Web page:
The upshot? Total breakdown, total resentment and having nothing and no-one. I knew I couldn’t carry on with everything I had known and in my broken brain, that everything was brass bands. So, our relationship had to end… well, not completely, because I still needed it to some degree over the last 10 years, but that was why I fell out of love with it and we assumed an ‘amicable friendship’ (and trust me, those aren’t always as amicable as you make out!).


To this day, only one person has truly understood the decision I had to make to leave things behind and since then I’ve progressively tried to re-build, this time stronger and with a different, more sustainable design. Still to this day people in brass bands don’t understand or believe I was that ‘weak’ person then because I’ve always come across as resilient, strong and confident. It was a façade… so every time someone would judge me as that person, it made another part of my cry and die inside. What’s more, now, today, when I am honestly and truly me, they think I’ve ‘lost the plot’ now because I’m not who I was then… the person you knew 10 years ago was in fact the one who had ‘lost the plot,’ – this person here today is not her. I’ve spent ten years learning, developing and strengthening away from you all and during that time I’ve got so much wrong and a hell of a lot more right to get where I am mentally.


What I thought ten years ago and for so much time afterwards was that I was alone in this, partially because I hid it and partially because no-one saw what was happening to me, which in a broken brain makes you hide and resent even more; and just when I thought I was beating it in 2017, the relapse hit and it hit me like a truck, but second time round you’re more aware of how to fix and manage it and this time I got to the bottom of understanding it all, learning, developing and finding strength I never thought I had. A strength that meant when the absolute worst thing that could have happened did, when my husband Simon died, I didn’t break, it made me stronger, because over the last decade he’d helped me learn and find every skill and confidence I needed to be me. This was the first time in my adult life I had this strength.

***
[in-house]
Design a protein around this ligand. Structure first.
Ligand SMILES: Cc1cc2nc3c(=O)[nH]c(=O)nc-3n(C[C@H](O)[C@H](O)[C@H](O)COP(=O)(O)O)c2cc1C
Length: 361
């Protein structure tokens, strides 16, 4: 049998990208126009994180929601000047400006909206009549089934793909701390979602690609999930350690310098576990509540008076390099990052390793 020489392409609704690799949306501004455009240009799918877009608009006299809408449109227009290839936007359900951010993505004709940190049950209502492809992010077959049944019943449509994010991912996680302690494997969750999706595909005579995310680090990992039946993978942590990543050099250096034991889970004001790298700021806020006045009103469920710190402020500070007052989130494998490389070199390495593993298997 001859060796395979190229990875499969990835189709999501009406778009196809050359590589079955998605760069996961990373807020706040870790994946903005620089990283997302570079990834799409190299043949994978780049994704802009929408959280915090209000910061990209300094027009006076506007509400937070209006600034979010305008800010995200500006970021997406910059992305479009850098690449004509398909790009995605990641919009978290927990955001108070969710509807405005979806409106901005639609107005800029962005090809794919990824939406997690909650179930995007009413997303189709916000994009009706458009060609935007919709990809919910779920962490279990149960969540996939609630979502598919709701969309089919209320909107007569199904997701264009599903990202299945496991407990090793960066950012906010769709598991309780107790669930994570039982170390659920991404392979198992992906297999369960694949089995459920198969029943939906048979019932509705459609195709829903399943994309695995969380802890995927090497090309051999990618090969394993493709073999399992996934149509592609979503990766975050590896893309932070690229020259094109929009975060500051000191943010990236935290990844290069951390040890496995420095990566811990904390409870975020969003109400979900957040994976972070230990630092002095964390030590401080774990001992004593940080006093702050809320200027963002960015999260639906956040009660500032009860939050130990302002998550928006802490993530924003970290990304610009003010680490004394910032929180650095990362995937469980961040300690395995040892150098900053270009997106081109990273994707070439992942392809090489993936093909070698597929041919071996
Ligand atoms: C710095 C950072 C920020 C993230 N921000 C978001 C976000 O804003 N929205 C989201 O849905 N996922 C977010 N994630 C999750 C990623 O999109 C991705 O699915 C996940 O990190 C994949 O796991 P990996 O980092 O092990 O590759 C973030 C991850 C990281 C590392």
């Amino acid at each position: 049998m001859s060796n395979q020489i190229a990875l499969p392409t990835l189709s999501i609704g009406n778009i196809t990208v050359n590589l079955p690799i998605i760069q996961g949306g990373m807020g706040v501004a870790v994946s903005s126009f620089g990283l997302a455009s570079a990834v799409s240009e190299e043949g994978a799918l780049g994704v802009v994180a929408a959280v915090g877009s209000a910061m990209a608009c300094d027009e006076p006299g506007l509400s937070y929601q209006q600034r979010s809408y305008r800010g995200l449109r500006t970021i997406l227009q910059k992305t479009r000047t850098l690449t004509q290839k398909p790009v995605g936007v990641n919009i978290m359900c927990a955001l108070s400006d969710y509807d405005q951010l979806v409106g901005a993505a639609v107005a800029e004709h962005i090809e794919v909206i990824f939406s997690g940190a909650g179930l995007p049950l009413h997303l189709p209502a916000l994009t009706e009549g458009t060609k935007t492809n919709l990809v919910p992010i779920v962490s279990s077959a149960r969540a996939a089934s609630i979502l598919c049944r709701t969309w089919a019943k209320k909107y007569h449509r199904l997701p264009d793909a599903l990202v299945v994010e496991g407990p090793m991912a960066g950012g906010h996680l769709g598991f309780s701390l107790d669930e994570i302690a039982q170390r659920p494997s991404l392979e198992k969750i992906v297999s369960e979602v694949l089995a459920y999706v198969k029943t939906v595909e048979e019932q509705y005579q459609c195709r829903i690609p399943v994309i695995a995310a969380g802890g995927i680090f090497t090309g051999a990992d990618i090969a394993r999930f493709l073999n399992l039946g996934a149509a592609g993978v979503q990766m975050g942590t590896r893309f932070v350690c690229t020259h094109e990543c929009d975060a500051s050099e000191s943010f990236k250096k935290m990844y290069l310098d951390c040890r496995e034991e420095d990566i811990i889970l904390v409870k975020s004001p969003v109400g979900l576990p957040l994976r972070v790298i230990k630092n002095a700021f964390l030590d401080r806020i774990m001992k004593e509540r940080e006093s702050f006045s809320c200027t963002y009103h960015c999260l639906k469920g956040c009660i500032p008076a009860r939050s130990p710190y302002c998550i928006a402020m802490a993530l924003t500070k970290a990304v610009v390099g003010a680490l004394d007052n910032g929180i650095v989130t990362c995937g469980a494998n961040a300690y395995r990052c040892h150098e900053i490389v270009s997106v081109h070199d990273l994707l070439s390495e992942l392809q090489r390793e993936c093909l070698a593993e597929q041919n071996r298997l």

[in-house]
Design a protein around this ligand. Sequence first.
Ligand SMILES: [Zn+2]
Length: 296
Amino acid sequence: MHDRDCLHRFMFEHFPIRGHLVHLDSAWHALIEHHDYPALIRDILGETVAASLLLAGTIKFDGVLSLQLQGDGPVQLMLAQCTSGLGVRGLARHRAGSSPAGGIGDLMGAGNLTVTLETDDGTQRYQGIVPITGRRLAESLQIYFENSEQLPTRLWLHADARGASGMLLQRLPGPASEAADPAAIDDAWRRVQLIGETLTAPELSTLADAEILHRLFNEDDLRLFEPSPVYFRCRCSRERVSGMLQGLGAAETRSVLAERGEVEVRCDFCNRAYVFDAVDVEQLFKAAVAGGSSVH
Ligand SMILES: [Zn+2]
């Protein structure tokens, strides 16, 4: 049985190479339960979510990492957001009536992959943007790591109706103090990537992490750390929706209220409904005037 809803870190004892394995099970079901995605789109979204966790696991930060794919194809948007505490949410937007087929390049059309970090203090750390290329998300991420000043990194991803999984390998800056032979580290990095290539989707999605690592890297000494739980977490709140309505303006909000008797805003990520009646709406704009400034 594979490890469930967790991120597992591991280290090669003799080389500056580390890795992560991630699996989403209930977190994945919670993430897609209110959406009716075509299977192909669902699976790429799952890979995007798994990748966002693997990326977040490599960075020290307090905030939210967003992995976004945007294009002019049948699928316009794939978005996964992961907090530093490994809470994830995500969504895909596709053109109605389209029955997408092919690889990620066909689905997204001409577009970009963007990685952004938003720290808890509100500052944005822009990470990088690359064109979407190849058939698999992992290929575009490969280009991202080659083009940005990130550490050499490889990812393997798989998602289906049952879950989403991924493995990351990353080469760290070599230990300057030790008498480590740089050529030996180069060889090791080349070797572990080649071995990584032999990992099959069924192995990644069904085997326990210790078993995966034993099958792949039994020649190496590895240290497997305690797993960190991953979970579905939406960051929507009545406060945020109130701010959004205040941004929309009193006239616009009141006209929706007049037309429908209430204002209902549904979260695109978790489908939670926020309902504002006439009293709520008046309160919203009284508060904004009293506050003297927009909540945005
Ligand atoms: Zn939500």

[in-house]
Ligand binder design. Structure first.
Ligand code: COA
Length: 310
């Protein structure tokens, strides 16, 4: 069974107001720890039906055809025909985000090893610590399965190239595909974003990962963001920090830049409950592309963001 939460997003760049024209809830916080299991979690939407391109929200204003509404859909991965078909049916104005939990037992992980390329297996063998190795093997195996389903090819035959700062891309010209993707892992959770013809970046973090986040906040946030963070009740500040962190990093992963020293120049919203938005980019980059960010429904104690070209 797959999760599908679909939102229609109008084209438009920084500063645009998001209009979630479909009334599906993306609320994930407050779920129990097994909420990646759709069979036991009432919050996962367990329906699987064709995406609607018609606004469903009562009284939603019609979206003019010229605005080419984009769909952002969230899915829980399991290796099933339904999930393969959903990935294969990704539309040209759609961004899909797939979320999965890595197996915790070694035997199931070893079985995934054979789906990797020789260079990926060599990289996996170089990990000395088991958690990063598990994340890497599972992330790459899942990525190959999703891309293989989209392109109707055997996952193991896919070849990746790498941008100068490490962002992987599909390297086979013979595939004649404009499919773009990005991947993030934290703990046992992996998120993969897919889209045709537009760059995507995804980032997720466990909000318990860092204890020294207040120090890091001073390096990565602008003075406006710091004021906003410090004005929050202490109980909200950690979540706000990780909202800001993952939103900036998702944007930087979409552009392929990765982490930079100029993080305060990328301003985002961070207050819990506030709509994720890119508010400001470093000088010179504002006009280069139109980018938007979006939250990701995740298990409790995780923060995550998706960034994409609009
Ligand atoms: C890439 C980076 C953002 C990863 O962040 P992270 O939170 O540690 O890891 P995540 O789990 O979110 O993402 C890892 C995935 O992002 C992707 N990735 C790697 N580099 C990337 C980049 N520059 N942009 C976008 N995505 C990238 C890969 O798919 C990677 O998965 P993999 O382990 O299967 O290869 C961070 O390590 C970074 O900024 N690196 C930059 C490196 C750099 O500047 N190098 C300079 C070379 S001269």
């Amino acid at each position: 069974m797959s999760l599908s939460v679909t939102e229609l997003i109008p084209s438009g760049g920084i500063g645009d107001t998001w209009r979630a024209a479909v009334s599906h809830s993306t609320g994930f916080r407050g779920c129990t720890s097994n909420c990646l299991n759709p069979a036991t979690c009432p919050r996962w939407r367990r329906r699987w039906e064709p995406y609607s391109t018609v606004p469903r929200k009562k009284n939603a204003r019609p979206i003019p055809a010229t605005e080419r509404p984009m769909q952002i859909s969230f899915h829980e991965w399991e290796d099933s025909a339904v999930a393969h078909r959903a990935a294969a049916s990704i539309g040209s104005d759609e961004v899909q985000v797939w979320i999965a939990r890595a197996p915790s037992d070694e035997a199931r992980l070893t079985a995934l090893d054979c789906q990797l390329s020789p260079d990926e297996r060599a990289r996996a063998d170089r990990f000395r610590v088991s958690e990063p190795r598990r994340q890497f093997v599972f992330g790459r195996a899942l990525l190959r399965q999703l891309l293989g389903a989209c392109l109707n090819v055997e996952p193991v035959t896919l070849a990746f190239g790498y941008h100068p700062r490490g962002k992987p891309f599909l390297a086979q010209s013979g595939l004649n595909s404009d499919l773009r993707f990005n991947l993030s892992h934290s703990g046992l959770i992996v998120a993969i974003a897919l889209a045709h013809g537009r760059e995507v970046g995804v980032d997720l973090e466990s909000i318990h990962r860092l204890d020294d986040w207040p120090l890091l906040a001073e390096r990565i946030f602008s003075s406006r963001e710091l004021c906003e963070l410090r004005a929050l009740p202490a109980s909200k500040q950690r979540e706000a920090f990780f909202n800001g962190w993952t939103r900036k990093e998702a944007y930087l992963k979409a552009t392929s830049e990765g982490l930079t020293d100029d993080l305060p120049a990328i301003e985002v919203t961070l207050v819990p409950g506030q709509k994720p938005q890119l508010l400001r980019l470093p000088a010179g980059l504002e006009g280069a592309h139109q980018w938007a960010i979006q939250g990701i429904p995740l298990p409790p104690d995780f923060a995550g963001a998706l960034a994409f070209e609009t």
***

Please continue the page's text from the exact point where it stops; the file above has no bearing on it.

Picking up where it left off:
Now, I’m going to save you all the details here of my life, but if you’re really interested just ask me as I can happily and easily talk about it now that I understand myself, mental health and everything that happened.


But let’s cut to the wider issue of mental health in the brass band movement, because what I am totally aware of now is, I’m not the only person that has, is or will suffer from mental ‘ill’ health as a result of being in brass bands and we can do much better to support ourselves and each other within the brass band movement.


What I understand now is it’s not ‘brass bands’ that cause the issues, but the situations and environments we find ourselves in within the brass band movement as a whole, with little industry support or understanding for the effects these have on our mental health. Situations such as:


• Pushing ourselves to reach ever increasing standards

• Taking on workloads we cannot manage on top of our personal and professional lives

• Relationships with peers

• Relationships with management

• Anxiety and stress as a consequence of competition

• Performance anxiety and stress

• Commitments on time

• Travel commitments and distance

• Inter-band politics and ‘sackings’

• Pressure put on oneself

• Behaviour of conductors

• Judgement – from judges, press, critics, audiences, conductors and peers.

There is a strong likelihood that you too will have experienced one or more of these scenarios and for people already struggling with their health and wellbeing, just one of these scenarios is enough to knock their mental equilibrium.


If we implemented support networks in our own brass bands and the brass band movement as a whole, we could see real change in terms of less players bowing out of the brass band game due to pressures and anxiety.